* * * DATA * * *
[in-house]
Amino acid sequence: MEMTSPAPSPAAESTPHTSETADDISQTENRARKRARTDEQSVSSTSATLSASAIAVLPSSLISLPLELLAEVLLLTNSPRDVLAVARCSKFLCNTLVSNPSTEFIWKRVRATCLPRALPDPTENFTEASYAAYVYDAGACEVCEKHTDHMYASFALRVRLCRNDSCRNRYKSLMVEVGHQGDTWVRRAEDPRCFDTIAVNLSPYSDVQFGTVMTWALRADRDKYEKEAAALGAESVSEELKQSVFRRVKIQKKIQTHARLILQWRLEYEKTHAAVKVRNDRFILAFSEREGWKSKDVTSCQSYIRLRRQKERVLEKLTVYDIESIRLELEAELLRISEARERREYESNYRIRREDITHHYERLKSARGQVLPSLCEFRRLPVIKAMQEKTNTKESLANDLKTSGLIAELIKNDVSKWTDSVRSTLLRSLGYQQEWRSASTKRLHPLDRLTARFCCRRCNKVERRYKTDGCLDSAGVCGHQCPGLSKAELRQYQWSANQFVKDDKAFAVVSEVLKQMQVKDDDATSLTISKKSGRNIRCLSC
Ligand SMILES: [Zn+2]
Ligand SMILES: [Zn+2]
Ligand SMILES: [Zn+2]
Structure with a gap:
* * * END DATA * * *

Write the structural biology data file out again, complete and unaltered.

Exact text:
[in-house]
Amino acid sequence: MEMTSPAPSPAAESTPHTSETADDISQTENRARKRARTDEQSVSSTSATLSASAIAVLPSSLISLPLELLAEVLLLTNSPRDVLAVARCSKFLCNTLVSNPSTEFIWKRVRATCLPRALPDPTENFTEASYAAYVYDAGACEVCEKHTDHMYASFALRVRLCRNDSCRNRYKSLMVEVGHQGDTWVRRAEDPRCFDTIAVNLSPYSDVQFGTVMTWALRADRDKYEKEAAALGAESVSEELKQSVFRRVKIQKKIQTHARLILQWRLEYEKTHAAVKVRNDRFILAFSEREGWKSKDVTSCQSYIRLRRQKERVLEKLTVYDIESIRLELEAELLRISEARERREYESNYRIRREDITHHYERLKSARGQVLPSLCEFRRLPVIKAMQEKTNTKESLANDLKTSGLIAELIKNDVSKWTDSVRSTLLRSLGYQQEWRSASTKRLHPLDRLTARFCCRRCNKVERRYKTDGCLDSAGVCGHQCPGLSKAELRQYQWSANQFVKDDKAFAVVSEVLKQMQVKDDDATSLTISKKSGRNIRCLSC
Ligand SMILES: [Zn+2]
Ligand SMILES: [Zn+2]
Ligand SMILES: [Zn+2]
Structure with a gap: